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Afghanistan Is a Better Place—and the Taliban Hate It

Now the militants are targeting the Afghan media that helped modernize attitudes.

‘Were the countless sacrifices made by Afghans and international partners since 2001 worth it?” That’s not an unusual question for me to receive about Afghanistan, where my family invested our savings back into the country in 2002.

In answering, I point to the enormous strides Afghanistan has taken since the fall of the Taliban. Close to nine million children are now in school, compared with fewer than a million before 2001; almost half of Afghan girls are nowenrolled and women make up 20% of students in higher education. Advances in health care have reduced the infant mortality rate by half. The economy has witnessed a fivefold increase in GDP, spurred by advances in technology and workforce development. In 2014 we held our third national democratic elections, and people were able to cast votes in all of Afghanistan’s 34 provinces.

With each passing democratic milestone, we are seeing a better-informed electorate, thanks 

in great part to improved levels of journalism, independent reporting and election debates on television. No wonder the enemies of democracy are now increasing their efforts to silence the Afghans who work to bring such information to their fellow citizens.

In October the Taliban designated Afghanistan’s leading media outlets, TOLO—which my family’s company owns—and 1 TV, as “military objectives” to be “directly eliminated” by assaults on their employees, news teams and facilities. The open threat came after Afghan media reported on allegations that the Taliban had attacked a hostel for women and raped students. This followed harrowing reports by Amnesty International of alleged mass murder, gang rapes and house-to-house searches by Taliban death squads.

There is inherent risk in everything we all do in Afghanistan, where my brothers, my sister and I established the country’s first independent radio station, Arman FM, in 2003, and later expanded our operations to include a second radio station, two entertainment TV channels, multiple digital platforms and the country’s leading 24/7 news network. However, the Taliban threat was the first time that the media, from its people to its infrastructure, had been so publicly targeted.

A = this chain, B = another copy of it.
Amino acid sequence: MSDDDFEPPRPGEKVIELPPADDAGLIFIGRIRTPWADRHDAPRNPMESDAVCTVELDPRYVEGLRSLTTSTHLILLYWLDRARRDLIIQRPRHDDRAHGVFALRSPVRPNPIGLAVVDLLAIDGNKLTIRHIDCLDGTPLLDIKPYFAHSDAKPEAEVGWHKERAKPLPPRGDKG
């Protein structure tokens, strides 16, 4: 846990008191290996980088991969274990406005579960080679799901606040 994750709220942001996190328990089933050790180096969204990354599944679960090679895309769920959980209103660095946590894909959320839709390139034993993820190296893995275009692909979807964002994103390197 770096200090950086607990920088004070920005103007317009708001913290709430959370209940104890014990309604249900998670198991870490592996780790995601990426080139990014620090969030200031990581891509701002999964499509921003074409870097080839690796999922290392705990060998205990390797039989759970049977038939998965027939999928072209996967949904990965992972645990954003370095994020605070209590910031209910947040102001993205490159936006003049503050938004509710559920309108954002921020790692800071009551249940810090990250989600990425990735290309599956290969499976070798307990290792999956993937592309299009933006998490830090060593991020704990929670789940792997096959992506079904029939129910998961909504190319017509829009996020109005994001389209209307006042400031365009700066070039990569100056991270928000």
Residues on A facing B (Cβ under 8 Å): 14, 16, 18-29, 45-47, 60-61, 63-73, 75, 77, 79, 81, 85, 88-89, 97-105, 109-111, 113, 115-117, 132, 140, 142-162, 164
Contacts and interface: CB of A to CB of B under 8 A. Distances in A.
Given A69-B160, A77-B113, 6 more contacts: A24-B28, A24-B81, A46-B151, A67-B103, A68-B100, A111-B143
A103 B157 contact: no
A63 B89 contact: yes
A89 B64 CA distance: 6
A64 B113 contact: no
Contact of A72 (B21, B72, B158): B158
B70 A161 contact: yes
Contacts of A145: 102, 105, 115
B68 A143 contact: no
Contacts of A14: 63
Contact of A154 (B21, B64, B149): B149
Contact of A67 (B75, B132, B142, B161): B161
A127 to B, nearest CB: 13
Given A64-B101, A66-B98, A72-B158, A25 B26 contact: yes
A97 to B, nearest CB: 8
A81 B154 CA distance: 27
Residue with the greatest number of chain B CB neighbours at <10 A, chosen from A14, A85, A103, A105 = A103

There is much to lose. Under Taliban rule, television was banned, and all but one radio station silenced. Only the religious radio station, Voice of Shariah, was allowed, operating under strict guidelines. An Afghan today has access to more than 70 TV stations, 175 radio channels, hundreds of print publications and local online platforms.

While Afghans like news and entertainment from around the world, they are just as passionate about locally produced programs, which have helped promote a unified vision of the country. Programs like the reality singing competition “Afghan Star” and the soccer games of the Roshan Afghan Premier League have drawn people together across many fault lines.

Drama, comedy, soap opera and children’s programming have changed behavior and shifted attitudes about issues such as gender equality, the Afghan National Security Forces, and the value of education and skills. Our work to bring “Sesame Street” to Afghanistan has improved literacy among children, with the unexpected additional benefit of increasing adult literacy, particularly among mothers, who often watch the show with their children.

Perhaps the single greatest inhibitor of long-term progress—corruption—still blights every aspect of our culture. Afghanistan’s media regularly investigate such cases, holding government and officials accountable and promoting transparency within the system. Our coverage of the fatal stoning and beating of the female student Farkhunda Malikzada in Kabul earlier this year was instrumental in turning public opinion against the murderers.

Such media independence comes at great risk in all fledgling democracies. Incidents of violence against journalists in Afghanistan spiked in 2014 with 125 recorded cases. That’s almost double the number seen two years earlier, before the coalition forces began their withdrawal.

Yet what I saw after the Taliban threat of Oct. 12 pointed not to fear but to solidarity and steadfastness—and not just among Afghanistan’s media organizations, but among the populace and the government too.

In a joint statement on Oct. 13, journalists representing nearly all of the major media outlets stated their resolve: “Any attack against TOLO or 1 TV would be considered an attack against Afghanistan’s media family,” and on “the country’s press freedom—which is one of the key achievements of the past 14 years.” Similar condemnations came from the National Unity Government. President Ashraf Ghani has mobilized security forces to protect media outlets and their personnel.

So, yes, there is no doubt Afghanistan is in a better place than it was 14 years ago. In a country where there is apparently more that separates us than unites us, journalists are prepared to stand up and stand together on behalf of the people. Afghans of all kinds are beginning to unite around the idea of a future that marches away from a violent and divisive past.

Mr. Mohseni is the chairman and CEO of MOBY Group, a privately owned Dubai-based media company.

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Afghanistan Is a Better Place—and the Taliban Hate It
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